When the Army required more men, the custom was to send a recruiting officer and party to various towns, and draw public attention by the steady beat of a drum. In these cities – and there were others – permission had to be obtained by the Army from the Corporation to enter and “beat the drum”. This permission came to be granted “in solemn form”. It was also necessary to obtain the consent of the Corporation before troops could march through towns. Hence arose the practice of conferring, as a matter of honour upon individual Regiments the right “to march through the town with bayonets fixed, drums beating and colours flying”. From these ancient practices, the modern grant of “Freedom of Entry” can be traced.
|Blandford Soldiers who fought in the Boer War||1901 – 1903|
|Jack T Counter||19th June 1918|
|Sir Robert Baden Powell||17th April 1929|
|Lady Baden Powell||17th April 1929|
|Alderman Miss E G Castleman-Smith||20th November 1935|
|W H Wilson Esq||14th June 1949|
|W J Newman Esq||8th December 1953|
|The Dorset Regiment||18th November 1955|
|Alderman B C Hunt||1st November 1956|
|C K Lavington Esq||14th November 1970|
|The Royal Corps of Signals||13th October 1972|
|The Devonshire & Dorset Regiment||16th June 1983|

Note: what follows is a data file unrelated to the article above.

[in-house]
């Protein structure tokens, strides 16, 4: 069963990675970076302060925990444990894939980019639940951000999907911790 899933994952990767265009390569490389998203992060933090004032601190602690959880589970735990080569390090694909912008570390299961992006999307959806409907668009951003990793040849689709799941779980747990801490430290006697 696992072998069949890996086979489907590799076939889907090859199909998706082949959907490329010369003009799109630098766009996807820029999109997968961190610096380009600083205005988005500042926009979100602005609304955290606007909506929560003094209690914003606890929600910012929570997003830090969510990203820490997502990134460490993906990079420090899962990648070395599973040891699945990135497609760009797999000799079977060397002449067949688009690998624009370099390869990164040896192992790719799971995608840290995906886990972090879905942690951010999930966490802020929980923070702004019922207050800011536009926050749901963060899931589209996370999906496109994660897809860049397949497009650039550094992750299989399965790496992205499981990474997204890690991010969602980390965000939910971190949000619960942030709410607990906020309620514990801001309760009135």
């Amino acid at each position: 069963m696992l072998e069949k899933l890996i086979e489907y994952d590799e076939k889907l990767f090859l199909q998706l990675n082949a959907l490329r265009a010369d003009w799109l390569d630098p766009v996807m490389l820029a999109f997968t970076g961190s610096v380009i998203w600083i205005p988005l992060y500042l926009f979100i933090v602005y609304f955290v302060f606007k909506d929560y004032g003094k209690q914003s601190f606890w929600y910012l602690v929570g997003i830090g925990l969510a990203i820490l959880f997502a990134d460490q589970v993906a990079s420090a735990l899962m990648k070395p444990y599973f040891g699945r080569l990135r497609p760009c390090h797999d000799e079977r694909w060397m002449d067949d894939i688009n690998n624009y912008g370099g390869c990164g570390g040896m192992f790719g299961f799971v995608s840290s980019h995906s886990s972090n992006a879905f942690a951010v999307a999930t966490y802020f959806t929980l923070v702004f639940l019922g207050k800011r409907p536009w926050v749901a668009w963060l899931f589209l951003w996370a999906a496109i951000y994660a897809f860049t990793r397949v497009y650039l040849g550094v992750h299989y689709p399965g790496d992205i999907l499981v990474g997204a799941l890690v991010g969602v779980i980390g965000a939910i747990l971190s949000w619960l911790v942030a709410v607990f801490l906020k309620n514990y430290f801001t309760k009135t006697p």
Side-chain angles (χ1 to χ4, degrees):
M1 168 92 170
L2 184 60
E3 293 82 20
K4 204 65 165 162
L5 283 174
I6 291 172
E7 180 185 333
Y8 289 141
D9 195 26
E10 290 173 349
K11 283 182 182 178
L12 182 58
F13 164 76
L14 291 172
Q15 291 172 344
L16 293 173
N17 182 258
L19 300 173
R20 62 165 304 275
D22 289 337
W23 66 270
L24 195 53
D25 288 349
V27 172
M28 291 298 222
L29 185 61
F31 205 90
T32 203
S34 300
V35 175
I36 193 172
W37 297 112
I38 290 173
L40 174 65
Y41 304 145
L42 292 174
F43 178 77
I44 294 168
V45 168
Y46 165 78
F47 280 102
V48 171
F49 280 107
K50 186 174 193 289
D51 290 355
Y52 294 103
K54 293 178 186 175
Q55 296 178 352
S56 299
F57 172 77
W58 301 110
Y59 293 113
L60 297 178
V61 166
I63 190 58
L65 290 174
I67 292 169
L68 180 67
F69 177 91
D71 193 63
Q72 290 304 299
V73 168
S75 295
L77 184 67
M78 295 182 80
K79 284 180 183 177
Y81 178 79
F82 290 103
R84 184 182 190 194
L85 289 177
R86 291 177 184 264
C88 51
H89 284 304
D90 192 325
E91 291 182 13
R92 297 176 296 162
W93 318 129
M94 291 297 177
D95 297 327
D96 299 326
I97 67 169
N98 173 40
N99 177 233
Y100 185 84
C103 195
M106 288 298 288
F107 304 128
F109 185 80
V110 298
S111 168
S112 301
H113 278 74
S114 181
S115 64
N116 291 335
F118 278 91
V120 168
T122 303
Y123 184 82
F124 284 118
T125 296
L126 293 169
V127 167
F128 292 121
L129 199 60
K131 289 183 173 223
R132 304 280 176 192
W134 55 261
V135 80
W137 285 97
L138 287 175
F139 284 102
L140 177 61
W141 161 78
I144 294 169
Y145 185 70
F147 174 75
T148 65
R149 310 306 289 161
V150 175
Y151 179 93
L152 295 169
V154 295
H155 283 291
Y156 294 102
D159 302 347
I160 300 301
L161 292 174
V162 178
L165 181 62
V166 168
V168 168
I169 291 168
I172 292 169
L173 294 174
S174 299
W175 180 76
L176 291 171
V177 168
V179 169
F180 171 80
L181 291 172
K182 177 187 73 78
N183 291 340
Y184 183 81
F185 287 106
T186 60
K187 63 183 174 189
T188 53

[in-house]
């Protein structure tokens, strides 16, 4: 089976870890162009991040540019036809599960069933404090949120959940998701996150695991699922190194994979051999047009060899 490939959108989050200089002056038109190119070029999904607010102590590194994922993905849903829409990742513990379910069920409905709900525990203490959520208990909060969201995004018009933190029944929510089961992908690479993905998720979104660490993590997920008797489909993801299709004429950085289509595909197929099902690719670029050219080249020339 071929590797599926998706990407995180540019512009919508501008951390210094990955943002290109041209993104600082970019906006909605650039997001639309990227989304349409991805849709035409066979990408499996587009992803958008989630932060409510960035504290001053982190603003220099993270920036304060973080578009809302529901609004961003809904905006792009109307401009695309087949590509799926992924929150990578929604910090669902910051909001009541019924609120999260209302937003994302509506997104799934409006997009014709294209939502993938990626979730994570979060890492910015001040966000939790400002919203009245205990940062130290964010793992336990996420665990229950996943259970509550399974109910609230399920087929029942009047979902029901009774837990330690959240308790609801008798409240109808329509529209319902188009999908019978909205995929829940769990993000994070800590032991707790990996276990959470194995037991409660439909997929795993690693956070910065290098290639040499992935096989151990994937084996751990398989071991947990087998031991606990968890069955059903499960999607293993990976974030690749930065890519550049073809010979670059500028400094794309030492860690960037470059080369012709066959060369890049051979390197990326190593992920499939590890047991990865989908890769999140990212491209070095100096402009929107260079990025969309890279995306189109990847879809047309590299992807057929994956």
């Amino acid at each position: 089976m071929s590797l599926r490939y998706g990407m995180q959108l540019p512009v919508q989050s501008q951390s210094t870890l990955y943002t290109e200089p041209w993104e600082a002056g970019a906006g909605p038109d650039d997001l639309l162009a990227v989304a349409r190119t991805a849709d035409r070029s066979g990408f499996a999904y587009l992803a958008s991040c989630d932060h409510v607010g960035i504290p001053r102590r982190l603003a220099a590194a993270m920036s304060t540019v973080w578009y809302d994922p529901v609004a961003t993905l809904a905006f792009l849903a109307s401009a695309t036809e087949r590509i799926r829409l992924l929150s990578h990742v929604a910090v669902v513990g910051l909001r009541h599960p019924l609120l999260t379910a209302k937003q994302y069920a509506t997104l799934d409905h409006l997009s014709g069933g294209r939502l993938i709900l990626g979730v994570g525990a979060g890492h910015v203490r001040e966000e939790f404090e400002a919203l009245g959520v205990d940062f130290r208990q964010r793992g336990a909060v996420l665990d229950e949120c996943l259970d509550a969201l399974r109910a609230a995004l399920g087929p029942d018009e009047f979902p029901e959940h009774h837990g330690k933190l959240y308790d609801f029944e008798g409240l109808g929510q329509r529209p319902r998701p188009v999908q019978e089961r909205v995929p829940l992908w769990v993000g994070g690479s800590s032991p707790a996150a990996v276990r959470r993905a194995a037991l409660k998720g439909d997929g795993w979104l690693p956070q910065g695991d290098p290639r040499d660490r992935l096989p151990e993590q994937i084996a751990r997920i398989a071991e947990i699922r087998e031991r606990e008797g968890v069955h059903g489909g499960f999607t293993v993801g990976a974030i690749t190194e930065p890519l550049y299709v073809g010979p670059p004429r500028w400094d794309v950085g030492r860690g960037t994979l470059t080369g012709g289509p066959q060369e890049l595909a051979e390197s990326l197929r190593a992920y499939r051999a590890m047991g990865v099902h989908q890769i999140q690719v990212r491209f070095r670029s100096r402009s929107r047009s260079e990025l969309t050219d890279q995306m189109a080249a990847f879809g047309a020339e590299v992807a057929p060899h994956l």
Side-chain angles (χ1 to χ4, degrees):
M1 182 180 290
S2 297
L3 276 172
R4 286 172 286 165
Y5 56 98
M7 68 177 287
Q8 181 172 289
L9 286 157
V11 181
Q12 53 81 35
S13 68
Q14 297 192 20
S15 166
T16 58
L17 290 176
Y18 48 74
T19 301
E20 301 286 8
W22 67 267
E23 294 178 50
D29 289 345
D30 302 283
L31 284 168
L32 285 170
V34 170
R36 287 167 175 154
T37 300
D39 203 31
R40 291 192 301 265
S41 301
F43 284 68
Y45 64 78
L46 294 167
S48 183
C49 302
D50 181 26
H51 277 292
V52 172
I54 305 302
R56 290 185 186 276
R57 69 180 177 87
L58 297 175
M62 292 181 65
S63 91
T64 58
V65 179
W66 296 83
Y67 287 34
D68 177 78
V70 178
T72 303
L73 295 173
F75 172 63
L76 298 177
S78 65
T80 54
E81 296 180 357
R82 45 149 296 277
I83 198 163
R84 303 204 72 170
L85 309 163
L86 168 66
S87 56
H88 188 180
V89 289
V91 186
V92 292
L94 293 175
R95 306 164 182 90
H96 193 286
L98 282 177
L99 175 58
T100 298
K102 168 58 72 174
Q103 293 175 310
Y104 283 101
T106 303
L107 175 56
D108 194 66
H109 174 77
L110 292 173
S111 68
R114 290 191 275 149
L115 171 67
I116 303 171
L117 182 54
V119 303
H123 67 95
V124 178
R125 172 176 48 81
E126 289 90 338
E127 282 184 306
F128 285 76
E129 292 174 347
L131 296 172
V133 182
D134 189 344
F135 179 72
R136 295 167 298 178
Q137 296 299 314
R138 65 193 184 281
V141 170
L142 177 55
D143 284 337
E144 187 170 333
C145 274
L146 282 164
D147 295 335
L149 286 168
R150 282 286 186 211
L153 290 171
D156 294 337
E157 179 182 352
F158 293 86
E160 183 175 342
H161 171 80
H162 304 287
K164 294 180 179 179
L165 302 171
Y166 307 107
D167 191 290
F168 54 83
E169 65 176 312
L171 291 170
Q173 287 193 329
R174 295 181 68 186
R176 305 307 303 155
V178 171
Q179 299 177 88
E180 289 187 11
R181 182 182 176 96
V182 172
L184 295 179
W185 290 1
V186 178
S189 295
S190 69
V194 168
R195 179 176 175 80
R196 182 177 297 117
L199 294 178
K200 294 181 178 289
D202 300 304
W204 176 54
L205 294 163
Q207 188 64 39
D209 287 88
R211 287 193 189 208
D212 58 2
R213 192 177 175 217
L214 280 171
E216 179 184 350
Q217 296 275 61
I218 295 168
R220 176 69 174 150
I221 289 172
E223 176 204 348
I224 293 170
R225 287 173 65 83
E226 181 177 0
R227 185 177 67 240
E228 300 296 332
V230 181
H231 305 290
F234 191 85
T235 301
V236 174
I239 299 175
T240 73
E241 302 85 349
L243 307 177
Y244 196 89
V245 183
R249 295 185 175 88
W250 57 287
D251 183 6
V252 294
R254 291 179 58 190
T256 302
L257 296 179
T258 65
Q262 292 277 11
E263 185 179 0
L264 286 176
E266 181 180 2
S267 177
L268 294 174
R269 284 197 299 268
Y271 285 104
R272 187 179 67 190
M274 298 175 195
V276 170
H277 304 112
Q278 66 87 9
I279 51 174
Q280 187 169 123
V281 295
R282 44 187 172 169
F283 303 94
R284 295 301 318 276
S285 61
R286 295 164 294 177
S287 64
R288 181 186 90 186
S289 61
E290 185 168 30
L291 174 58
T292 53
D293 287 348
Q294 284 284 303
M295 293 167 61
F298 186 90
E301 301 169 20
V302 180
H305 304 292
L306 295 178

|Gwendoline Florence Lane||5th March 1988|
|Agnes Audrey Williams||5th March 1988|
|Dr David Harries Davies||13th April 1991|
|Reverend Raymond Oliver Balmer||11th September 1995|
|Cyril E Hill||12th May 2000|
|The Queen’s Gurkha Signals||11th September 2005|
|Peter J Warrington||15th November 2005|
|Daphne Alner||15th November 2005|
|Heather Bracewell||11th May 2007|
|The Rifles Regiment||15th October 2007|
|Carole A Sharp||27th May 2011|
|Jackie Vacher||10th May 2013|
|Cllr Esme Butler||25th May 2018 (posthumously)|
|Dr Michael Le Bas||24th May 2019|
FREEMAN OF BLANDFORD FORUM 1901 – 1903
To honour Blandford Soldiers who fought in the Boer War.
|Lt R.G. Cave||26 February 1901|
|Lt V.L. Gordon||26 February 1901|
|Sgt W.F. Harris||26 February 1901|
|Trooper Sharp||26 February 1901|
|Trooper Barnes||26 February 1901|
|Trooper F. Walters (1)||26 February 1901|
|Trooper Walters (2)||26 February 1901|
|Trooper Butler (1)||26 February 1901|
|Trooper Butler (2)||26 February 1901|
|Trooper Lithgow||26 February 1901|
|Trooper Inram||26 February 1901|
|Trooper Crofton||26 February 1901|
|Trooper Wheeler||26 February 1901|
|Private C. Phelps||26 February 1901|
|Private March||26 February 1901|
|Private Meadon||26 February 1901|
|Private Robbins||26 February 1901|
|Private E. Goddard||26 February 1901|
|Mr Forrester||18 June 1901|
|Rt Hon. Sir Redvers H. Buller||01 December 1902|
|Trooper P.E. Payne||19 May 1903|
|Trooper G.L. George||19 May 1903|
|Sgt W. Moss||19 May 1903|
|Trooper A. E. Neale||19 May 1903|
|Corp A. H Taylor||19 May 1903|
|Driver F. Brockway||19 May 1903|